China 50bp RR cut will not help drive growth higher - Rabobank

Discussion in 'Fundamental Analysis' started by FXStreet_Team, Mar 1, 2016.

  1. FXStreet_Team

    FXStreet_Team Well-Known Member Trader

    Oct 7, 2015
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    Michael Every, Head of Financial Markets Research at Rabobank, notes that despite the 50bp RRR cut by China on Monday, the RRR cut will not help drive growth higher, adding that none of these steps will work so long as the monetary transmission mechanism is broken.

    Key Quotes

    "No sooner had the world media’s attention moved away from the G-20 to Leonardo DiCaprio than the PBoC decided that the promise it had made so firmly in Shanghai – not to devalue its currency – no longer applied."

    "As I noted yesterday, it, like all the others present, obviously had its fingers crossed when it made that pledge. So the Oscar for ‘Shortest Time Between Policy Promise and Subsequent U-Turn’ goes to them, despite some fierce competition from the Fed, BoJ, and ECB."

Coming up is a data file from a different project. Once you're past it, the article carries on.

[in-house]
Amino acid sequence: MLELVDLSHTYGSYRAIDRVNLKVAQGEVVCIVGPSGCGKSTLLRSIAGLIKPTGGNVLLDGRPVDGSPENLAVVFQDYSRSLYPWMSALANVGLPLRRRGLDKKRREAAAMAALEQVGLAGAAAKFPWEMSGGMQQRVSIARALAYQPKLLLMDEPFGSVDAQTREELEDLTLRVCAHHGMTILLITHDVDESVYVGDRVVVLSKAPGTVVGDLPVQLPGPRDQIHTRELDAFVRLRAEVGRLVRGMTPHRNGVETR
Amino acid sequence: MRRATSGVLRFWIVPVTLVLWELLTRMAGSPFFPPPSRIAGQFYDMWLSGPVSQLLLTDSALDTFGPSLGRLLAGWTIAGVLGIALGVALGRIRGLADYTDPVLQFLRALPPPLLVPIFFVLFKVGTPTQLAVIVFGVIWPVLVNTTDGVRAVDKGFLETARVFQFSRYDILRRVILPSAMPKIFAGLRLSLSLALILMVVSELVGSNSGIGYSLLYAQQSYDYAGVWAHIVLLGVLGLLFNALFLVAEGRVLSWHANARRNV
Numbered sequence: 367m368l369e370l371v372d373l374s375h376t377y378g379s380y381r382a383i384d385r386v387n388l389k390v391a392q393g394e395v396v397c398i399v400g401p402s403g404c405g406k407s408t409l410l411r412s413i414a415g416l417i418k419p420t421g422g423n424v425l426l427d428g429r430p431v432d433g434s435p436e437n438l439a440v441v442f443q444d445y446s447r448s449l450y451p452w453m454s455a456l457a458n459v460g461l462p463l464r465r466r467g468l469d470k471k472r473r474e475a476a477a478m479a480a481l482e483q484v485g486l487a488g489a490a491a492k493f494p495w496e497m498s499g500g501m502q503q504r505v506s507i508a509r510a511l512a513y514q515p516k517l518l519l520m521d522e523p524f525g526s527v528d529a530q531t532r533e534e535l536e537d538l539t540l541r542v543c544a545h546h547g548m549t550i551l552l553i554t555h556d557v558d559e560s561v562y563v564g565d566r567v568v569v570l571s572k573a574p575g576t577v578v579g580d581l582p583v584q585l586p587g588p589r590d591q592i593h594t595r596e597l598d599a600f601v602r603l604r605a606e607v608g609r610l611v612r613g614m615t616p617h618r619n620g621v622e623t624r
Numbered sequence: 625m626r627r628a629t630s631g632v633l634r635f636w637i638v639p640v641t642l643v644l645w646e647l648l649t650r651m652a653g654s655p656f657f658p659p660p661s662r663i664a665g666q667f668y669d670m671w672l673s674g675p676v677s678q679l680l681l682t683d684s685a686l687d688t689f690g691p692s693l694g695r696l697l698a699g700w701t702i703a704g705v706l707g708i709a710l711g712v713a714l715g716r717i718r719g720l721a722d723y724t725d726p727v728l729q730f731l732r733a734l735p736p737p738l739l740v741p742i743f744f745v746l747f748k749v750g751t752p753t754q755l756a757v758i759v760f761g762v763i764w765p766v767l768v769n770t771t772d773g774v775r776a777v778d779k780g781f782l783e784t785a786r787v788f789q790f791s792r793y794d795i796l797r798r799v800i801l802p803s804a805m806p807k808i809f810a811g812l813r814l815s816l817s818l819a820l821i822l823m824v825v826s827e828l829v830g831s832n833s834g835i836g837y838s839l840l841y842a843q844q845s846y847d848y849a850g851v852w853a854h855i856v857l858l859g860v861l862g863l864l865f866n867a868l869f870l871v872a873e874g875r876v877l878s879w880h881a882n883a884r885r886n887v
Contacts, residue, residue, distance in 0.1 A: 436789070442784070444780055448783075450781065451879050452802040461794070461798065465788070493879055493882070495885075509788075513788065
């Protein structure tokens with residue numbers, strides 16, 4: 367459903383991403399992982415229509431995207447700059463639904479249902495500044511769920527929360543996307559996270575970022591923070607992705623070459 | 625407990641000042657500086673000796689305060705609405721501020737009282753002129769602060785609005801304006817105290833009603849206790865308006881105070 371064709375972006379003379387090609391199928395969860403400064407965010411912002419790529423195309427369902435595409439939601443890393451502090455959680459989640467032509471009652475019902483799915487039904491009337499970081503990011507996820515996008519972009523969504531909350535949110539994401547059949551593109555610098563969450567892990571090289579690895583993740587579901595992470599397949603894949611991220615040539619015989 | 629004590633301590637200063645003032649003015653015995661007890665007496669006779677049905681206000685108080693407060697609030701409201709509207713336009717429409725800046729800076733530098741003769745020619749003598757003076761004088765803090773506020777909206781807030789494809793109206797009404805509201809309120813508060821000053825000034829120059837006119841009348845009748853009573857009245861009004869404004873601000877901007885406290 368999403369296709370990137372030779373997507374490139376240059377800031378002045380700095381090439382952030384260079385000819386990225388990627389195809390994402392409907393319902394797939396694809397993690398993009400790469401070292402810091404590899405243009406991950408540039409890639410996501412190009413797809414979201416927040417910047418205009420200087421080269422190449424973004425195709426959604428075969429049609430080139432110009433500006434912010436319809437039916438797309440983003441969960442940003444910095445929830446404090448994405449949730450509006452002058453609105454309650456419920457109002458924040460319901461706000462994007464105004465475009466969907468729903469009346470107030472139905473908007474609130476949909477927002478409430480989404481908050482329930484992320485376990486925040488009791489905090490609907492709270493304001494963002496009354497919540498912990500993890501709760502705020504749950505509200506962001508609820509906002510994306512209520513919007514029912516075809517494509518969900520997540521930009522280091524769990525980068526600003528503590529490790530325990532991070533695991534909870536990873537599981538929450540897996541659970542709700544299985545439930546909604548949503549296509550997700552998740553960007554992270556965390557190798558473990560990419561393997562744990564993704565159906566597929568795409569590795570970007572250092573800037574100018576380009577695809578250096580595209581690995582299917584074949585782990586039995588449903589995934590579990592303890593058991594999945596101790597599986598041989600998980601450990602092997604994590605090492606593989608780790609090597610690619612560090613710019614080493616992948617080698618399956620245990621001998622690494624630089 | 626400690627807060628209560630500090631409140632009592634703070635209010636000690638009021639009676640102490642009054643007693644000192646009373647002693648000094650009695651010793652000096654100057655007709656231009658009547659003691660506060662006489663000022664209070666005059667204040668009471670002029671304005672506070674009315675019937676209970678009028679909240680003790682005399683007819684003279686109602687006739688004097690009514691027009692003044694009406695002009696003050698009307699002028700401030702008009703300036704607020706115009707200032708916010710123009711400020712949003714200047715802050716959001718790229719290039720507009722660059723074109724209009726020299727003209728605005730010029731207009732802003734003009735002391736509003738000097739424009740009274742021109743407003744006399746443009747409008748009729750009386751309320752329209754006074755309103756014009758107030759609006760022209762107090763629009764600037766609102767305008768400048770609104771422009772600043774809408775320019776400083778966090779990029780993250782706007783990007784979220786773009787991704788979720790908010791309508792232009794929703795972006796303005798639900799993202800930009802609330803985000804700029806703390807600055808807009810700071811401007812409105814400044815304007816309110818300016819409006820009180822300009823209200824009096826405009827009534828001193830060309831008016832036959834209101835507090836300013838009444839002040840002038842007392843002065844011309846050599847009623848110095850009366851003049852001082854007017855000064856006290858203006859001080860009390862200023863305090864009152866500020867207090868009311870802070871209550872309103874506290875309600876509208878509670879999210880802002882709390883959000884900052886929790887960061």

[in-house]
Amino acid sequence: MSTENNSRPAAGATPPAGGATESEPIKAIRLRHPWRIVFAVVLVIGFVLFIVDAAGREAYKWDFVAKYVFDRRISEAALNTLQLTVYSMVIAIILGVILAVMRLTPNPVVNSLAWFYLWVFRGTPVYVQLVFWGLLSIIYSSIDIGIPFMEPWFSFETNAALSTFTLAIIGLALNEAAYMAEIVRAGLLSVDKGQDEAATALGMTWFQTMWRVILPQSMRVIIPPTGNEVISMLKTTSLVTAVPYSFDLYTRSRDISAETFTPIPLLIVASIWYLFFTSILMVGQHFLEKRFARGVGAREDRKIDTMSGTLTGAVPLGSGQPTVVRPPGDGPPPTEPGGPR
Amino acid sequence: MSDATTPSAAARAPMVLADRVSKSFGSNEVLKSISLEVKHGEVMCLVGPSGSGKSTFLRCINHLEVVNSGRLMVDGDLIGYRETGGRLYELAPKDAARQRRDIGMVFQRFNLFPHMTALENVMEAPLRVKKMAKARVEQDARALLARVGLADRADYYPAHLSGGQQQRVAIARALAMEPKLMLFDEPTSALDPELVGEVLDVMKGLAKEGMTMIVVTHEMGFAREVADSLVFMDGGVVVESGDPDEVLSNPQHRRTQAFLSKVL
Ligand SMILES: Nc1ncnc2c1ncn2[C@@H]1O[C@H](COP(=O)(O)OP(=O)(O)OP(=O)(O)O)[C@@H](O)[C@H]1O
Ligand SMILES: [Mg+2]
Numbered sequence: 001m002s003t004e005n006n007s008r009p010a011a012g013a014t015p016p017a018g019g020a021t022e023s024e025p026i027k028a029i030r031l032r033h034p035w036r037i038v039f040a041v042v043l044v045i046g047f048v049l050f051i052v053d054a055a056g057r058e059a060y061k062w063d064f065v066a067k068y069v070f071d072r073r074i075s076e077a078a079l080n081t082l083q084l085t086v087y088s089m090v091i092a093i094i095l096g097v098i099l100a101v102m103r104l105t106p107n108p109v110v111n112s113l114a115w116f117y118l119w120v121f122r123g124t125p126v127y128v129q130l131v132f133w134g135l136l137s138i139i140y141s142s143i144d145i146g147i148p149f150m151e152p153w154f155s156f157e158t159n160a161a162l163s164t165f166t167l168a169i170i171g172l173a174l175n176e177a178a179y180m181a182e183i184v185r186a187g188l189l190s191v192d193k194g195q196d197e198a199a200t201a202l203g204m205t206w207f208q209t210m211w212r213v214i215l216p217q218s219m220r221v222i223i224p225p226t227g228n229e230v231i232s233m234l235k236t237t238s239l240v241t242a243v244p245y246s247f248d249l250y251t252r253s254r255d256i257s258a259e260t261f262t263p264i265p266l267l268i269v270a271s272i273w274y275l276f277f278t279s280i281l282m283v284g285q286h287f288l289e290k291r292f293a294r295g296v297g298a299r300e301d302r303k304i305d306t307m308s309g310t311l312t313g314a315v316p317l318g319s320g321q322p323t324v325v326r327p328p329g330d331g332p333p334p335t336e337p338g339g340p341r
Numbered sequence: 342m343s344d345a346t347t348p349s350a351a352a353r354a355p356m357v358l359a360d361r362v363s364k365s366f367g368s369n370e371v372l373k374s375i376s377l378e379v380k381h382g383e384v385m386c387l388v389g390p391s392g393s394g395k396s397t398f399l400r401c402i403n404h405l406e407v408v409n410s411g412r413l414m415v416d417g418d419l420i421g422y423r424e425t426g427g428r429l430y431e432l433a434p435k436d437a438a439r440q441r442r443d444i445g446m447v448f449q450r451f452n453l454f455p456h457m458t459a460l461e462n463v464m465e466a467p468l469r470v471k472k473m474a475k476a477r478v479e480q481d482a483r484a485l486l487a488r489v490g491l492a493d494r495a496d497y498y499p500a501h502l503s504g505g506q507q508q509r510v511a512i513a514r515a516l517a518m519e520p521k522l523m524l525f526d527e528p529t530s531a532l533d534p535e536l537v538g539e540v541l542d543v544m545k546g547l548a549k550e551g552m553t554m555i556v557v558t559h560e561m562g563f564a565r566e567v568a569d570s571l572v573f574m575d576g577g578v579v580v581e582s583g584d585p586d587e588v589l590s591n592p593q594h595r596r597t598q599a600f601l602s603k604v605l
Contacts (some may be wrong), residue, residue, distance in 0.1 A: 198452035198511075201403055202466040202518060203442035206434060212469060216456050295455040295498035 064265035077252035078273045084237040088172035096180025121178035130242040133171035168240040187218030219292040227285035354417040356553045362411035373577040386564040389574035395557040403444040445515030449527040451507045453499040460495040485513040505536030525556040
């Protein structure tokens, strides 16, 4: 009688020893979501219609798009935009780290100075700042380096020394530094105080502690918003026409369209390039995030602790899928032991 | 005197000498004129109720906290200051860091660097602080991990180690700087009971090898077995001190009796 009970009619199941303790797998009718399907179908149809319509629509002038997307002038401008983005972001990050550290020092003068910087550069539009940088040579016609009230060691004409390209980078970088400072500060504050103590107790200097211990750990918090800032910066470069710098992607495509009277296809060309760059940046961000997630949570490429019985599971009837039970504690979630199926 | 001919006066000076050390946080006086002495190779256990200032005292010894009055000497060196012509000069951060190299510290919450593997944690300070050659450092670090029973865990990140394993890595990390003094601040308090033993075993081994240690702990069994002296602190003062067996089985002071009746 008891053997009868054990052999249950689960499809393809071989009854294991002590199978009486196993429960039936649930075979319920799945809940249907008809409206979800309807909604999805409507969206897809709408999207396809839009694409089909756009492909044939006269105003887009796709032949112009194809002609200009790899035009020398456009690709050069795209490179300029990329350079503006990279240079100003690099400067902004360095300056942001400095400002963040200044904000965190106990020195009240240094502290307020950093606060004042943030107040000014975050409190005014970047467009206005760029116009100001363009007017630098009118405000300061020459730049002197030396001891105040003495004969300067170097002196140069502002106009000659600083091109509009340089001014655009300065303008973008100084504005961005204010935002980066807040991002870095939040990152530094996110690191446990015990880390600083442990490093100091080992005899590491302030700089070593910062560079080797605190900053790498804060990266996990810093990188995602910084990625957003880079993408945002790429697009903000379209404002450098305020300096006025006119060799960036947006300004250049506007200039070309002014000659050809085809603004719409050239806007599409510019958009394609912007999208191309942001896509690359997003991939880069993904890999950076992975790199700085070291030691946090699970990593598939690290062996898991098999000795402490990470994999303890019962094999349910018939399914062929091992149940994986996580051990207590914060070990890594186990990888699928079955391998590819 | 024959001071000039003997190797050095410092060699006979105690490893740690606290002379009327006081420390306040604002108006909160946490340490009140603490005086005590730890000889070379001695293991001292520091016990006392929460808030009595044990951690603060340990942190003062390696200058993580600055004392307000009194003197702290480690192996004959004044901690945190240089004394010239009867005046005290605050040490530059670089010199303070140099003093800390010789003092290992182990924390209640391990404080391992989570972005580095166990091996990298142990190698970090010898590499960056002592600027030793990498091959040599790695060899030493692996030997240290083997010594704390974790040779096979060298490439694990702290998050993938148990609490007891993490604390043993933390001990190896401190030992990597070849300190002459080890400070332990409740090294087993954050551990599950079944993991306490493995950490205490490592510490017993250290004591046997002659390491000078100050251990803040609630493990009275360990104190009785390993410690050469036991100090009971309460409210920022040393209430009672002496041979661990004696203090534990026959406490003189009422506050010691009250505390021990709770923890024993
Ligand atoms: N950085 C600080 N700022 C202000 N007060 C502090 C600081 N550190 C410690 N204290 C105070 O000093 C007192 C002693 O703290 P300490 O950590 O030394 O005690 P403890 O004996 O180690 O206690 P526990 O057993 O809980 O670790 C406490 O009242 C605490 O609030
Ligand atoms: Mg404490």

"One can argue that by cutting the reserve requirement ratio (RRR) another 0.50%, effectively allowing the banking sector to increase lending by around USD100bn, the PBoC is acting to support flagging growth. Yet as I pointed out last year with a Laurel and Hardy “My half was at the bottom!” analogy, easing monetary policy like that necessarily means greater downwards pressure on the currency at a time when capital outflows are significant (which we know they are even if some of the relevant PBoC data were recently redacted). Indeed, the need to add liquidity is driven by that same capital outflow, which – ironically – appears to be around USD100bn a month right now."

    "But will the RRR cut help drive growth higher? Have any of the previous RRR cuts done the trick? Have any of the rate cuts? Has the surge in new lending of late? The answer to all these questions should be clear: No. None of these steps will work so long as the monetary transmission mechanism is broken."

    "In other new normal countries it’s broken as banks don’t want to lend; in China they keep lending too much to borrowers who are already too highly leveraged and loss making."
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